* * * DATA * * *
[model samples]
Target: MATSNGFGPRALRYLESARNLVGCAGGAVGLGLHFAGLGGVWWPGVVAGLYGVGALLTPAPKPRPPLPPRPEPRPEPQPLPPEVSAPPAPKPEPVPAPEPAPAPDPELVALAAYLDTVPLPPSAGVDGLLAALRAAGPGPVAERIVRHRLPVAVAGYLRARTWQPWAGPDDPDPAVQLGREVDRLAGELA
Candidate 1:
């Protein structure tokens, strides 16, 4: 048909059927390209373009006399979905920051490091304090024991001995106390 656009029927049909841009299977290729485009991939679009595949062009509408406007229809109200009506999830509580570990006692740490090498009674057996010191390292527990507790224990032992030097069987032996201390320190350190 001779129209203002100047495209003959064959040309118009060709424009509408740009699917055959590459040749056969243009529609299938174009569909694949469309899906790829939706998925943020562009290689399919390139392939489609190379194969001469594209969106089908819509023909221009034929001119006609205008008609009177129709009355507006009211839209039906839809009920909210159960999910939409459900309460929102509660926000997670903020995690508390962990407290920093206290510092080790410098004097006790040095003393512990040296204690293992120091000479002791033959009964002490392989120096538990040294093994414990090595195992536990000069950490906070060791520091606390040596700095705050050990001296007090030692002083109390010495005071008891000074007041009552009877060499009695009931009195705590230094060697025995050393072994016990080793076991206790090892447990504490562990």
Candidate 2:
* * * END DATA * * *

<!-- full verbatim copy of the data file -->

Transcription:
[model samples]
Target: MATSNGFGPRALRYLESARNLVGCAGGAVGLGLHFAGLGGVWWPGVVAGLYGVGALLTPAPKPRPPLPPRPEPRPEPQPLPPEVSAPPAPKPEPVPAPEPAPAPDPELVALAAYLDTVPLPPSAGVDGLLAALRAAGPGPVAERIVRHRLPVAVAGYLRARTWQPWAGPDDPDPAVQLGREVDRLAGELA
Candidate 1:
């Protein structure tokens, strides 16, 4: 048909059927390209373009006399979905920051490091304090024991001995106390 656009029927049909841009299977290729485009991939679009595949062009509408406007229809109200009506999830509580570990006692740490090498009674057996010191390292527990507790224990032992030097069987032996201390320190350190 001779129209203002100047495209003959064959040309118009060709424009509408740009699917055959590459040749056969243009529609299938174009569909694949469309899906790829939706998925943020562009290689399919390139392939489609190379194969001469594209969106089908819509023909221009034929001119006609205008008609009177129709009355507006009211839209039906839809009920909210159960999910939409459900309460929102509660926000997670903020995690508390962990407290920093206290510092080790410098004097006790040095003393512990040296204690293992120091000479002791033959009964002490392989120096538990040294093994414990090595195992536990000069950490906070060791520091606390040596700095705050050990001296007090030692002083109390010495005071008891000074007041009552009877060499009695009931009195705590230094060697025995050393072994016990080793076991206790090892447990504490562990």
Candidate 2: